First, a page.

Analysis of ECM compositions
Some parts of the cartilage on the femoral and tibial articular surface taken from the knee joints of each group were separately lyophilized to obtain the dry weight. Then, the piece was digested and used for glycosaminoglycan (GAG) and collagen (COL) analyses [19, 20]. The concentration of GAG was determined through the di-methyl-methylene blue sulfated GAG assay using a UV/VIS spectrophotometer (Optizen Pop, Mecasys, Daejeon, Korea). Collagen content was determined by Erlich’s hydroxyproline assay . The hydroxyproline content was converted to the collagen content using the following equation: (μg hydroxyproline × dilution factor)/0.13 = μg collagen, based on the fact that hydroxyproline representing approximately 13 % of the amino acid content of collagen in the human meniscus . The concentrations of GAG and collagen were standardized to tissue dry weight and expressed as microgram per milligram to allow comparison among the experimental groups.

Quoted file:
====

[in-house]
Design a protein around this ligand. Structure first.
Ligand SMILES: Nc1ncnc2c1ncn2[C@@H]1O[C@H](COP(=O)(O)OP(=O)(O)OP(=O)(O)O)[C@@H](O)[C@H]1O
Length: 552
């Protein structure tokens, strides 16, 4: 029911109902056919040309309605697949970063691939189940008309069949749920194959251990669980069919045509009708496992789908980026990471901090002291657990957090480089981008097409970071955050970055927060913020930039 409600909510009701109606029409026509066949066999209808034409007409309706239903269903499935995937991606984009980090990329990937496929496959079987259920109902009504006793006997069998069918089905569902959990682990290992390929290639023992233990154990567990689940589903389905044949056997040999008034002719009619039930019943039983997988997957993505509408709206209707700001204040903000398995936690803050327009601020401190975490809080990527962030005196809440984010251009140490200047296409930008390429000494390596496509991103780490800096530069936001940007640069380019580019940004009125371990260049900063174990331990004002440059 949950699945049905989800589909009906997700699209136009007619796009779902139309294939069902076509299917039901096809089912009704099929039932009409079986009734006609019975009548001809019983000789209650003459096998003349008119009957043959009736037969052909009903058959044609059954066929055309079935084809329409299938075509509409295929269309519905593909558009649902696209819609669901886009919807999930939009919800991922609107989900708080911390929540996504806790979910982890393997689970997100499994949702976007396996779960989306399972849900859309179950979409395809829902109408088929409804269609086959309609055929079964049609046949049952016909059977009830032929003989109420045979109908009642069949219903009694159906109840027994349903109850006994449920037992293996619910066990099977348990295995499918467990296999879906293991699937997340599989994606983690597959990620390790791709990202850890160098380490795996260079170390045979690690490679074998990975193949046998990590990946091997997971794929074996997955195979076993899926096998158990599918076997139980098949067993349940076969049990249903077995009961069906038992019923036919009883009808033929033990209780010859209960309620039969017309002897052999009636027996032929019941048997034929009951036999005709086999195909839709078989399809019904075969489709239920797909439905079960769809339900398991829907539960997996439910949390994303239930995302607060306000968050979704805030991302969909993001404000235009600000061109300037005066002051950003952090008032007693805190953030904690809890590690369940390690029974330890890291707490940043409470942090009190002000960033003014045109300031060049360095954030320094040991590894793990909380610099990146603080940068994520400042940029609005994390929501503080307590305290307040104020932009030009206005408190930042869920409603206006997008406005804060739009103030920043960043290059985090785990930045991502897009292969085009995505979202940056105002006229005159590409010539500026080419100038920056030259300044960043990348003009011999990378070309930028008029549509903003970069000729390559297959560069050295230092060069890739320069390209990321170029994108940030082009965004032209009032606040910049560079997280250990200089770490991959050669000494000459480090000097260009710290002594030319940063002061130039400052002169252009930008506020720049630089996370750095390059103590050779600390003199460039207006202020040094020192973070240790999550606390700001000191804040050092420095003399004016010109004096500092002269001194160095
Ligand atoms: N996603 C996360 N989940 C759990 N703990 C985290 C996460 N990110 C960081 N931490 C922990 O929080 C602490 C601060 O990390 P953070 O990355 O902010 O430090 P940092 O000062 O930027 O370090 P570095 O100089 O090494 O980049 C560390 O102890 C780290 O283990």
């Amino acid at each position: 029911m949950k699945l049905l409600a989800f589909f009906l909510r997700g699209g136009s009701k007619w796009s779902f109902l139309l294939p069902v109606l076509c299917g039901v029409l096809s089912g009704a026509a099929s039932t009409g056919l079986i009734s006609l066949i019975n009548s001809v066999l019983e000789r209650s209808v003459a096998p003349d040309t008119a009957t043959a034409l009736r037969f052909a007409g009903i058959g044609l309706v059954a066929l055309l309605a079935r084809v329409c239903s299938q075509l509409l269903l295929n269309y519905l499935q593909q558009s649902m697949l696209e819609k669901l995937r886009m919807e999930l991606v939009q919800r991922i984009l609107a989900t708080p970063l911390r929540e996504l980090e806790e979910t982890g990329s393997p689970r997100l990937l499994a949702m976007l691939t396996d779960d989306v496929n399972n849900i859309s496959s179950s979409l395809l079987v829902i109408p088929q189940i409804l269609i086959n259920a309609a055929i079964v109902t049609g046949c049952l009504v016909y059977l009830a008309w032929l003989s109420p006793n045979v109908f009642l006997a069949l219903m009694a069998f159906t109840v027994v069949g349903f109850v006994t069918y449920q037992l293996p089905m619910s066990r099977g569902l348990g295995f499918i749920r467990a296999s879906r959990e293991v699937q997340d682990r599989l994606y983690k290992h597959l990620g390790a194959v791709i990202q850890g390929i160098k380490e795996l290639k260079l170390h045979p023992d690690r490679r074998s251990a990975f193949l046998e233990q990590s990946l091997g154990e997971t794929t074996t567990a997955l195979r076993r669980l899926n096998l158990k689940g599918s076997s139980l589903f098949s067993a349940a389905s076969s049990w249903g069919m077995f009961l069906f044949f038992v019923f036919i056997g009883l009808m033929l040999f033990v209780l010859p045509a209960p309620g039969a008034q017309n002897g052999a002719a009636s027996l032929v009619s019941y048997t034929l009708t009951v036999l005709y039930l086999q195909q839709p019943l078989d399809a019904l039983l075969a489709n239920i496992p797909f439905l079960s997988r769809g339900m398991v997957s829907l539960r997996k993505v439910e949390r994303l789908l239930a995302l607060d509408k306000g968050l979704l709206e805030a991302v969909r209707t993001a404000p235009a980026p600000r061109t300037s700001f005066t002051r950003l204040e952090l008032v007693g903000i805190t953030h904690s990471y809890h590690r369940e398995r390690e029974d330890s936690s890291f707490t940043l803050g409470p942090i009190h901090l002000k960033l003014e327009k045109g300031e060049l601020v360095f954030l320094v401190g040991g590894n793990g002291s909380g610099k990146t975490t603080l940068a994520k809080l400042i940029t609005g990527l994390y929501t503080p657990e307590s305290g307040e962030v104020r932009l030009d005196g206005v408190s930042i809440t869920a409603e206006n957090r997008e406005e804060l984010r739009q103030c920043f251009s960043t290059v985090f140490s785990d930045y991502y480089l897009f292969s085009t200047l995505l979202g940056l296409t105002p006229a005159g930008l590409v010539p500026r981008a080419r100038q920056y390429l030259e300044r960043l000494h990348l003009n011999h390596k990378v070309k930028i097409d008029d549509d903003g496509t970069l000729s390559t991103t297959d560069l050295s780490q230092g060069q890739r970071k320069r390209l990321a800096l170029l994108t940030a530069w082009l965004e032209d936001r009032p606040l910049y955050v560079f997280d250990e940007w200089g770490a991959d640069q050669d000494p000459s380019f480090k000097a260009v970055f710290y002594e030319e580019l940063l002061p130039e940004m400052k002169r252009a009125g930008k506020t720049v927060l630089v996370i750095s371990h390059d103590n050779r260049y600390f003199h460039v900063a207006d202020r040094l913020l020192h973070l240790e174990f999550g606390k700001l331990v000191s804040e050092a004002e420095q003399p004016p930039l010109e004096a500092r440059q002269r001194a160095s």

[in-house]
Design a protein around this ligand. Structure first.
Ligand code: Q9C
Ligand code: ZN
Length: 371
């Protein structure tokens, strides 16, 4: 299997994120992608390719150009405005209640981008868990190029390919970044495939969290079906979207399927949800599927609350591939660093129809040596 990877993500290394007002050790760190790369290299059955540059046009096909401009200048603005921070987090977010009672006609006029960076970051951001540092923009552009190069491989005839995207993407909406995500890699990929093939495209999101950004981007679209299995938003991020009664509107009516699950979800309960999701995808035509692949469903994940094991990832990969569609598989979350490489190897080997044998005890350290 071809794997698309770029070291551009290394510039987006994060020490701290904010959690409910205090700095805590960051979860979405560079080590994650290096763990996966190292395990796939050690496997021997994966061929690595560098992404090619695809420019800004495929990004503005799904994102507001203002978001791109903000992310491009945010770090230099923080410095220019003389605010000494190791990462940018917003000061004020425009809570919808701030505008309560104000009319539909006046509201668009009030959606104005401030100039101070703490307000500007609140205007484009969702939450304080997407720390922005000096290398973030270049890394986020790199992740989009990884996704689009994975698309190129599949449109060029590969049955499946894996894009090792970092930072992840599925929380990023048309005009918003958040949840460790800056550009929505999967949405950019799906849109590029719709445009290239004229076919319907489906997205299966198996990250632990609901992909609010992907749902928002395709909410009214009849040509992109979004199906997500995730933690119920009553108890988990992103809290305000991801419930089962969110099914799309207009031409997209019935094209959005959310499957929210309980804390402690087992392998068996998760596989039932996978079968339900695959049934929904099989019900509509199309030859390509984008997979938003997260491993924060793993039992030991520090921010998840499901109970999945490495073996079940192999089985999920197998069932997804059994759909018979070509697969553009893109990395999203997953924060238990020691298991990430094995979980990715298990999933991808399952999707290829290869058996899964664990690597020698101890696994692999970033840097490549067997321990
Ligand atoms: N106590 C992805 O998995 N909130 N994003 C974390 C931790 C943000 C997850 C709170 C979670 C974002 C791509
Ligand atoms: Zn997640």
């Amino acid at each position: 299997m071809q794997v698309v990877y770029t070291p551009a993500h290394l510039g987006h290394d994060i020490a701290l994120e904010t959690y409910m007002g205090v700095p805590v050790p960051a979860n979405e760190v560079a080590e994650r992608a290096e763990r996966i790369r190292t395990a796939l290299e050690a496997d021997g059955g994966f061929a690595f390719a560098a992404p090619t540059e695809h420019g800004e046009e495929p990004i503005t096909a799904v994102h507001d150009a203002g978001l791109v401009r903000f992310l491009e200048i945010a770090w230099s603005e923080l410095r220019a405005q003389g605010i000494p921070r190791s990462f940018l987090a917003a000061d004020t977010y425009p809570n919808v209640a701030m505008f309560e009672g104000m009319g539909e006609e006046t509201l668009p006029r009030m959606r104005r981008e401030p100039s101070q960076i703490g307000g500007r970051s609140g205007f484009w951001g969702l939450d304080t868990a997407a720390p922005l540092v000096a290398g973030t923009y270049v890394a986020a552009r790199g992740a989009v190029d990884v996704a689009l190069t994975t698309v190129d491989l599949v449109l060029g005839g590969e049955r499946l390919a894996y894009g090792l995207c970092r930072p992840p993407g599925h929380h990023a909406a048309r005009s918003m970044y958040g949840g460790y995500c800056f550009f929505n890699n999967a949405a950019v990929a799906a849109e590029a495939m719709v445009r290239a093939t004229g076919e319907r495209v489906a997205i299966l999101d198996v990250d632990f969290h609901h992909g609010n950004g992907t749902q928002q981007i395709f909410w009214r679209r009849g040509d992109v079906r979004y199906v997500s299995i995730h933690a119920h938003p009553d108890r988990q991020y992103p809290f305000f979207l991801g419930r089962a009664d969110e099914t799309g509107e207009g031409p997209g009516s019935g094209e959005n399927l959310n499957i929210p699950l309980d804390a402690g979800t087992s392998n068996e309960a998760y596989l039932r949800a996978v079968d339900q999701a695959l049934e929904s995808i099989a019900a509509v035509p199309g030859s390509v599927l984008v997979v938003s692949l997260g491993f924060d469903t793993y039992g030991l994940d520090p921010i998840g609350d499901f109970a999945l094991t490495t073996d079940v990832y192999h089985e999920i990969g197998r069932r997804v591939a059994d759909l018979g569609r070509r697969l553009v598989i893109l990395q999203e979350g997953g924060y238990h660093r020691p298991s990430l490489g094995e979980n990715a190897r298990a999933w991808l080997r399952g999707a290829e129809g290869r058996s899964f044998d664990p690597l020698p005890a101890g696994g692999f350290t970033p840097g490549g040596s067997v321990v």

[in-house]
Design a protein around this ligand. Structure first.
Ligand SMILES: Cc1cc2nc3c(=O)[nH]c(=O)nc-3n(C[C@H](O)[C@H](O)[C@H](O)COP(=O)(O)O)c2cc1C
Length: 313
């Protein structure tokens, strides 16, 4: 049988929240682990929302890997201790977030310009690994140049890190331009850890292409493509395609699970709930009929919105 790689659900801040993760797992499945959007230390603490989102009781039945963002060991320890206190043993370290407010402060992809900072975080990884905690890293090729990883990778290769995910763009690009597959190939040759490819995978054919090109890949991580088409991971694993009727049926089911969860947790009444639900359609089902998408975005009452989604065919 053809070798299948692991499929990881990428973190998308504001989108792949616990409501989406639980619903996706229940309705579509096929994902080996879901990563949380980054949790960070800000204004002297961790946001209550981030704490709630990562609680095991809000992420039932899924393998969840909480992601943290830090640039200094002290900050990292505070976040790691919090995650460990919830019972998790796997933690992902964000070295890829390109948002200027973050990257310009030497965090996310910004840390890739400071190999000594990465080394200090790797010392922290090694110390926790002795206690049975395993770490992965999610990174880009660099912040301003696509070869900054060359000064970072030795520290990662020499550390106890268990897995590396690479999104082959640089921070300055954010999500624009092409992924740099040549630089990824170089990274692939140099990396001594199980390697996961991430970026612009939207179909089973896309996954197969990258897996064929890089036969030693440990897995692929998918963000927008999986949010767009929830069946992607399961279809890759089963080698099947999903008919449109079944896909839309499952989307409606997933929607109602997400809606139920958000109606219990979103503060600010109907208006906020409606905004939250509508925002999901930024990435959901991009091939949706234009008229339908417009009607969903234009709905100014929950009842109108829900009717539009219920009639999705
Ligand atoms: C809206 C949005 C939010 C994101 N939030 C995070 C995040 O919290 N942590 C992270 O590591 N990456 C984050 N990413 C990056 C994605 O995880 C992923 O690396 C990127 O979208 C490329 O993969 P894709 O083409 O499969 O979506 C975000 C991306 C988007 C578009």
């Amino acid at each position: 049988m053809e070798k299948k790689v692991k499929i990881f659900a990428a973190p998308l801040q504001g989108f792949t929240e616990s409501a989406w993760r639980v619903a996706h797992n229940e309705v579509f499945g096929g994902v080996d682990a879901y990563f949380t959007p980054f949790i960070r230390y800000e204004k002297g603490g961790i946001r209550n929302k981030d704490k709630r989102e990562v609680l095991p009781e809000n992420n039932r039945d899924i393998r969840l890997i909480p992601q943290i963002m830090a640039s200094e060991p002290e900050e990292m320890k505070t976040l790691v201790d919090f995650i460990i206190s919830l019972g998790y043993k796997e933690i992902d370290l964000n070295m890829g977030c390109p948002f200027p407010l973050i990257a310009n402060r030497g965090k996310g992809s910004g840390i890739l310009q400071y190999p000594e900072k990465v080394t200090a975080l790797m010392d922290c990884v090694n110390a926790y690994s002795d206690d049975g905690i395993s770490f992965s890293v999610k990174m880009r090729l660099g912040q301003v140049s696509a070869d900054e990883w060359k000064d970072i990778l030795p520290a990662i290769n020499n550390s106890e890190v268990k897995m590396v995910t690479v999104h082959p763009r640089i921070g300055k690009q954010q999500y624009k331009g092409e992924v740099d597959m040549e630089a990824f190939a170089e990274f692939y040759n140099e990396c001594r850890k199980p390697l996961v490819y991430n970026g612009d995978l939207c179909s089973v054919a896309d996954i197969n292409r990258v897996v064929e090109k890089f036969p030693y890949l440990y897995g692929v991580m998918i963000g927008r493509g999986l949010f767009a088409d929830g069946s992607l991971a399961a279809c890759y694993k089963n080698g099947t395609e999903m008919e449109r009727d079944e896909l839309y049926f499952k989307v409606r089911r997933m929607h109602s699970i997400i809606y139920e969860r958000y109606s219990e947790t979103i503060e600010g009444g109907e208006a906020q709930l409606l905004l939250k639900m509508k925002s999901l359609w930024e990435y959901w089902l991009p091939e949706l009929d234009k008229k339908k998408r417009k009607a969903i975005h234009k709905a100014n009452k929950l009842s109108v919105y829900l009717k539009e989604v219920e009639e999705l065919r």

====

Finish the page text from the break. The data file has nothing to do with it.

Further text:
ECM-related chondrogenic gene mRNA expressions